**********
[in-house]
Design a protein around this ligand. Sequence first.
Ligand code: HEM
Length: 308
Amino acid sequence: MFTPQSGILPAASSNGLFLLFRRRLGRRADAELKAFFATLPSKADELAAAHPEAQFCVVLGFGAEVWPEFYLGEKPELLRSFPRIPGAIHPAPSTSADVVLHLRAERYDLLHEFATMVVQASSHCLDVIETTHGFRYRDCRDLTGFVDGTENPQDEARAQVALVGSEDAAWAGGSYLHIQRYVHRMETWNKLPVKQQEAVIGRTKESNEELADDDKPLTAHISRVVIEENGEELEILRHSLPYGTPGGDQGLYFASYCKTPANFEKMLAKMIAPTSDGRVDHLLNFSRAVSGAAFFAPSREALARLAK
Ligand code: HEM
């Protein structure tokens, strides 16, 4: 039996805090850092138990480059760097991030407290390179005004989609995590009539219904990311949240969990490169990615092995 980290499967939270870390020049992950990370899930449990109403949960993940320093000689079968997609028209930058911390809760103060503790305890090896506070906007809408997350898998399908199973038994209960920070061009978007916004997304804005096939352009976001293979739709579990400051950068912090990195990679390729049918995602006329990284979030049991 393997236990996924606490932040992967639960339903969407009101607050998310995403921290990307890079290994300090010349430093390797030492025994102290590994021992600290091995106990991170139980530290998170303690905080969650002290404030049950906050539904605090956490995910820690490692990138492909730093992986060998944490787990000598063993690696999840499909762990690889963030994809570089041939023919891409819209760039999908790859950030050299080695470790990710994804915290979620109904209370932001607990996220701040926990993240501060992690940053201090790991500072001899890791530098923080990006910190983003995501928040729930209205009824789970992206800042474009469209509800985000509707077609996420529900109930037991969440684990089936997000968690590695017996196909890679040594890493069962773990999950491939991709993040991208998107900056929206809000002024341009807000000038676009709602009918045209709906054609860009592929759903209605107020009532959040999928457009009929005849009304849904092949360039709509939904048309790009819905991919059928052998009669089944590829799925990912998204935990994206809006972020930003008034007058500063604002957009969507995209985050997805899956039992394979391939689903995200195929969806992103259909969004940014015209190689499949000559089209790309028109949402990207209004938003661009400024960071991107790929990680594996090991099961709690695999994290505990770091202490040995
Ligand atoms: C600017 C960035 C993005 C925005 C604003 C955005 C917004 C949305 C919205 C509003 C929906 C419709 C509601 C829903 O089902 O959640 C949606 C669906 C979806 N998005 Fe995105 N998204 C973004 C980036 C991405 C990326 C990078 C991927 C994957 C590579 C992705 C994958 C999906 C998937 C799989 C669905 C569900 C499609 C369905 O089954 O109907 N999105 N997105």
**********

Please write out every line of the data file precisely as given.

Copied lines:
[in-house]
Design a protein around this ligand. Sequence first.
Ligand code: HEM
Length: 308
Amino acid sequence: MFTPQSGILPAASSNGLFLLFRRRLGRRADAELKAFFATLPSKADELAAAHPEAQFCVVLGFGAEVWPEFYLGEKPELLRSFPRIPGAIHPAPSTSADVVLHLRAERYDLLHEFATMVVQASSHCLDVIETTHGFRYRDCRDLTGFVDGTENPQDEARAQVALVGSEDAAWAGGSYLHIQRYVHRMETWNKLPVKQQEAVIGRTKESNEELADDDKPLTAHISRVVIEENGEELEILRHSLPYGTPGGDQGLYFASYCKTPANFEKMLAKMIAPTSDGRVDHLLNFSRAVSGAAFFAPSREALARLAK
Ligand code: HEM
């Protein structure tokens, strides 16, 4: 039996805090850092138990480059760097991030407290390179005004989609995590009539219904990311949240969990490169990615092995 980290499967939270870390020049992950990370899930449990109403949960993940320093000689079968997609028209930058911390809760103060503790305890090896506070906007809408997350898998399908199973038994209960920070061009978007916004997304804005096939352009976001293979739709579990400051950068912090990195990679390729049918995602006329990284979030049991 393997236990996924606490932040992967639960339903969407009101607050998310995403921290990307890079290994300090010349430093390797030492025994102290590994021992600290091995106990991170139980530290998170303690905080969650002290404030049950906050539904605090956490995910820690490692990138492909730093992986060998944490787990000598063993690696999840499909762990690889963030994809570089041939023919891409819209760039999908790859950030050299080695470790990710994804915290979620109904209370932001607990996220701040926990993240501060992690940053201090790991500072001899890791530098923080990006910190983003995501928040729930209205009824789970992206800042474009469209509800985000509707077609996420529900109930037991969440684990089936997000968690590695017996196909890679040594890493069962773990999950491939991709993040991208998107900056929206809000002024341009807000000038676009709602009918045209709906054609860009592929759903209605107020009532959040999928457009009929005849009304849904092949360039709509939904048309790009819905991919059928052998009669089944590829799925990912998204935990994206809006972020930003008034007058500063604002957009969507995209985050997805899956039992394979391939689903995200195929969806992103259909969004940014015209190689499949000559089209790309028109949402990207209004938003661009400024960071991107790929990680594996090991099961709690695999994290505990770091202490040995
Ligand atoms: C600017 C960035 C993005 C925005 C604003 C955005 C917004 C949305 C919205 C509003 C929906 C419709 C509601 C829903 O089902 O959640 C949606 C669906 C979806 N998005 Fe995105 N998204 C973004 C980036 C991405 C990326 C990078 C991927 C994957 C590579 C992705 C994958 C999906 C998937 C799989 C669905 C569900 C499609 C369905 O089954 O109907 N999105 N997105």